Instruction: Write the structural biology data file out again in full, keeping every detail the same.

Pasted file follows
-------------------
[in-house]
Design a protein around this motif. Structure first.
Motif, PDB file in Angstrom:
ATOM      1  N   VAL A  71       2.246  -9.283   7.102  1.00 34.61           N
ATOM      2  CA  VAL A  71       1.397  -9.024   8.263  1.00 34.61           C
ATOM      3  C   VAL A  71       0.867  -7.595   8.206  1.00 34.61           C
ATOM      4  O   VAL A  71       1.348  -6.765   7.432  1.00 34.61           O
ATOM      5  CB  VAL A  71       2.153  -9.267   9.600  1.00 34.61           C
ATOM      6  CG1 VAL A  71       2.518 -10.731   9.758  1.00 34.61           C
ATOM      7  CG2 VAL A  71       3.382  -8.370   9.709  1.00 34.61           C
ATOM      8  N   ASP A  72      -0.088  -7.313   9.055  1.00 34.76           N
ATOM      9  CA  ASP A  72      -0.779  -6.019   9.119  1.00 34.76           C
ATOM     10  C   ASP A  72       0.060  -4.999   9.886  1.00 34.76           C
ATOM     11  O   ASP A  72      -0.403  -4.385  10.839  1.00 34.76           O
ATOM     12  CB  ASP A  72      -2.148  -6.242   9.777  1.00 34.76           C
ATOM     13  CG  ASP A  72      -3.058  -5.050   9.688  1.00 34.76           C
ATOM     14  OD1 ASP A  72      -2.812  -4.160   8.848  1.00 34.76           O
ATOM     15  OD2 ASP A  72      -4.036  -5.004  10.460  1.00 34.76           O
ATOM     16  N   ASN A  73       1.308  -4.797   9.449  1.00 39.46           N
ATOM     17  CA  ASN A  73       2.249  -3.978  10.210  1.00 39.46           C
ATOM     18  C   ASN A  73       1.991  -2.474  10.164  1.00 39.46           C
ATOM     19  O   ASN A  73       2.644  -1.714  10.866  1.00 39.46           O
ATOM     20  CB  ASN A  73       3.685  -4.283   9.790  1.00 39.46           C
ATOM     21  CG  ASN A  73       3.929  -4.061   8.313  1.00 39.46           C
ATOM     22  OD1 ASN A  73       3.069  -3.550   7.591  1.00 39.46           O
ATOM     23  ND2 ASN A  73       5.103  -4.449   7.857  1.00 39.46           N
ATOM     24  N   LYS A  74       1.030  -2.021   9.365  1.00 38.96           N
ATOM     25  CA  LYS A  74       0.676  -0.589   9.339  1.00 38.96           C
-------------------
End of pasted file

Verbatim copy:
[in-house]
Design a protein around this motif. Structure first.
Motif, PDB file in Angstrom:
ATOM      1  N   VAL A  71       2.246  -9.283   7.102  1.00 34.61           N
ATOM      2  CA  VAL A  71       1.397  -9.024   8.263  1.00 34.61           C
ATOM      3  C   VAL A  71       0.867  -7.595   8.206  1.00 34.61           C
ATOM      4  O   VAL A  71       1.348  -6.765   7.432  1.00 34.61           O
ATOM      5  CB  VAL A  71       2.153  -9.267   9.600  1.00 34.61           C
ATOM      6  CG1 VAL A  71       2.518 -10.731   9.758  1.00 34.61           C
ATOM      7  CG2 VAL A  71       3.382  -8.370   9.709  1.00 34.61           C
ATOM      8  N   ASP A  72      -0.088  -7.313   9.055  1.00 34.76           N
ATOM      9  CA  ASP A  72      -0.779  -6.019   9.119  1.00 34.76           C
ATOM     10  C   ASP A  72       0.060  -4.999   9.886  1.00 34.76           C
ATOM     11  O   ASP A  72      -0.403  -4.385  10.839  1.00 34.76           O
ATOM     12  CB  ASP A  72      -2.148  -6.242   9.777  1.00 34.76           C
ATOM     13  CG  ASP A  72      -3.058  -5.050   9.688  1.00 34.76           C
ATOM     14  OD1 ASP A  72      -2.812  -4.160   8.848  1.00 34.76           O
ATOM     15  OD2 ASP A  72      -4.036  -5.004  10.460  1.00 34.76           O
ATOM     16  N   ASN A  73       1.308  -4.797   9.449  1.00 39.46           N
ATOM     17  CA  ASN A  73       2.249  -3.978  10.210  1.00 39.46           C
ATOM     18  C   ASN A  73       1.991  -2.474  10.164  1.00 39.46           C
ATOM     19  O   ASN A  73       2.644  -1.714  10.866  1.00 39.46           O
ATOM     20  CB  ASN A  73       3.685  -4.283   9.790  1.00 39.46           C
ATOM     21  CG  ASN A  73       3.929  -4.061   8.313  1.00 39.46           C
ATOM     22  OD1 ASN A  73       3.069  -3.550   7.591  1.00 39.46           O
ATOM     23  ND2 ASN A  73       5.103  -4.449   7.857  1.00 39.46           N
ATOM     24  N   LYS A  74       1.030  -2.021   9.365  1.00 38.96           N
ATOM     25  CA  LYS A  74       0.676  -0.589   9.339  1.00 38.96           C